There is insufficient data to determine if iso-osmolality contrast media may reduce the rate of acute idiosyncratic reactions even further than the low rate observed with administration of LOCM. The size of the population that would have to be tested to produce a study with sufficient power to detect a small but important difference is prohibitive. However, if a patient has had a prior severe reaction to a specific contrast agent, switching to another brand of LOCM or to iso-osmolality contrast medium makes common sense even if the utility of such a change in contrast agents has not been scientifically proved.
To reduce the risk of an idiosyncratic contrast reaction in high-risk patients, preme-dication with corticosteroids and H1 antihistamines has been recommended. Other drugs, such as H2 antihistamines and ephedrine, can be added to the regimen but are not widely used (2,8).
Premedication is generally recommended for patients who have a history of: an allergic-like reaction to contrast media; other true allergies, particularly if multiple and/or severe; and true asthma, particularly with frequent or severe attacks. It is also recommended for asthmatic patients who are currently or who have recently been symptomatic. Various premedication protocols have been proposed for high-risk patients. Ours [with the drug schedule adapted from Refs. 9 and 10] is as follows.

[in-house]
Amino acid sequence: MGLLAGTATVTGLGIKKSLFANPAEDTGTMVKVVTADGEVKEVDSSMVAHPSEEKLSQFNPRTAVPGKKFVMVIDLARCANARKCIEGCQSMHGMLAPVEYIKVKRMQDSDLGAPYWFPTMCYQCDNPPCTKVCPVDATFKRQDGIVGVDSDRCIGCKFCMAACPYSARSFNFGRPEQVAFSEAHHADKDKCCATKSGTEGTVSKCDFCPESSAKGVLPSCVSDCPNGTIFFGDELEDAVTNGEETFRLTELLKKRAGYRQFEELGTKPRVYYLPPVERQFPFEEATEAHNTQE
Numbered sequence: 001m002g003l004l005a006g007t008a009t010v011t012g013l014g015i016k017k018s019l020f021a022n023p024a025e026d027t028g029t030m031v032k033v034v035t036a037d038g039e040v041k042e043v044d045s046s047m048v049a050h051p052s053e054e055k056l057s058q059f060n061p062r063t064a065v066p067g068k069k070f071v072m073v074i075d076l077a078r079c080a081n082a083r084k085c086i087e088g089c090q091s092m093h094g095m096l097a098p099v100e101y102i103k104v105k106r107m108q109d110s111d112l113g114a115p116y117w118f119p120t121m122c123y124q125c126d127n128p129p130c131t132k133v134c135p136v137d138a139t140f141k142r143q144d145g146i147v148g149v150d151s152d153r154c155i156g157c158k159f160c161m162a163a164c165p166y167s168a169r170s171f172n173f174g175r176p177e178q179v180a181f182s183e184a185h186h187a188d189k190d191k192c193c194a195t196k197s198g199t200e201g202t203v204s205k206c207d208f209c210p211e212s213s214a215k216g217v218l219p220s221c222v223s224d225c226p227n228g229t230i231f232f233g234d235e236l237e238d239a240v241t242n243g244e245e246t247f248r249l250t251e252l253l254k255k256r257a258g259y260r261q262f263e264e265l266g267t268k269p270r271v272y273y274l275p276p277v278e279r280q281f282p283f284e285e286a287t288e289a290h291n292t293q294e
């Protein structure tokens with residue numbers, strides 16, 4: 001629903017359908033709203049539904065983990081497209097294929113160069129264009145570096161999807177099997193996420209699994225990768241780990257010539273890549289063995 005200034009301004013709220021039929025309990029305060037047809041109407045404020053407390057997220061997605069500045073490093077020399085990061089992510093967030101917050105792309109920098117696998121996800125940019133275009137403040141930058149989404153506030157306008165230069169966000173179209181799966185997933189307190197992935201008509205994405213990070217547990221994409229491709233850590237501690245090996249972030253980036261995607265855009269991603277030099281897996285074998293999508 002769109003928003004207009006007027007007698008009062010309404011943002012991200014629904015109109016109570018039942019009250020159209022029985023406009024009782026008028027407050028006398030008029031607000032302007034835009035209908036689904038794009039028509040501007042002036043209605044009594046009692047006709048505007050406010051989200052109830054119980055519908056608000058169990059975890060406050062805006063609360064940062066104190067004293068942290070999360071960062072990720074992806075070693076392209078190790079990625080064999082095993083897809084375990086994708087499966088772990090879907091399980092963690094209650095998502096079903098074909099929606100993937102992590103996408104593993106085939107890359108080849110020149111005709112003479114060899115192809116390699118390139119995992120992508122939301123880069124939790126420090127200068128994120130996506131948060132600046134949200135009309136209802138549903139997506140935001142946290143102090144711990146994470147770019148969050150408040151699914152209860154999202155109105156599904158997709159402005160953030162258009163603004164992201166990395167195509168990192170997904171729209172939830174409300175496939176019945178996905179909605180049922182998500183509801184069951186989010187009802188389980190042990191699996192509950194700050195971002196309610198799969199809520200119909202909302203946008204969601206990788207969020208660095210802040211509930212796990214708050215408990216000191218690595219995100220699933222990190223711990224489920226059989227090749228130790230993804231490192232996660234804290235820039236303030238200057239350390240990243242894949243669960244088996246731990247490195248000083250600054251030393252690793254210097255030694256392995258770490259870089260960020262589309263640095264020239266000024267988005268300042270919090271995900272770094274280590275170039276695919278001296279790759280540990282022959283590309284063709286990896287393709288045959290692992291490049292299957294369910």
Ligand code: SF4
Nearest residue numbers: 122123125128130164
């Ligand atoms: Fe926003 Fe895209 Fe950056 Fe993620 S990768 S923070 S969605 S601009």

For oral administration prior to an elective examination: prednisone 50 mg per oral 13, 7, and 1 hour before the examination and diphenhydramine 50 mg per oral (or i.m.) 1 hour before the examination. Patients should be cautioned not to drive automobiles or perform possibly dangerous tasks after taking diphenhydramine, because it can lead to drowsiness.
For intravenous administration in urgent situations or if the patient cannot take oral medications, the following regimen has been recommended: hydrocortisone 200 mg i.v. stat and q 4 hour until the examination is complete (four total doses for an elective examination) and diphenhydramine 50 mg intravenously one hour before the procedure.
Universal steroid premedication for all patients, regardless of risk status, has been proposed for both HOCM (11) and LOCM (12) administration. When populations as a whole (regardless of risk factors) were premedicated with steroids, rates of reactions fell by approximately one-third to one-half. Although the study (12) involving LOCM administration did not have enough patients to draw statistically significant conclusions about moderate or severe reactions, it did show that the total number of reactions was reduced by steroid administration. Universal steroid preme-dication for all patients prior to RICM administration has not been widely adopted, however, probably because of logistical problems and the relatively low frequency of acute idiosyncratic reactions to LOCM (13).
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If you suffer with asthma, you will no doubt be familiar with the uncomfortable sensations as your bronchial tubes begin to narrow and your muscles around them start to tighten. A sticky mucus known as phlegm begins to produce and increase within your bronchial tubes and you begin to wheeze, cough and struggle to breathe.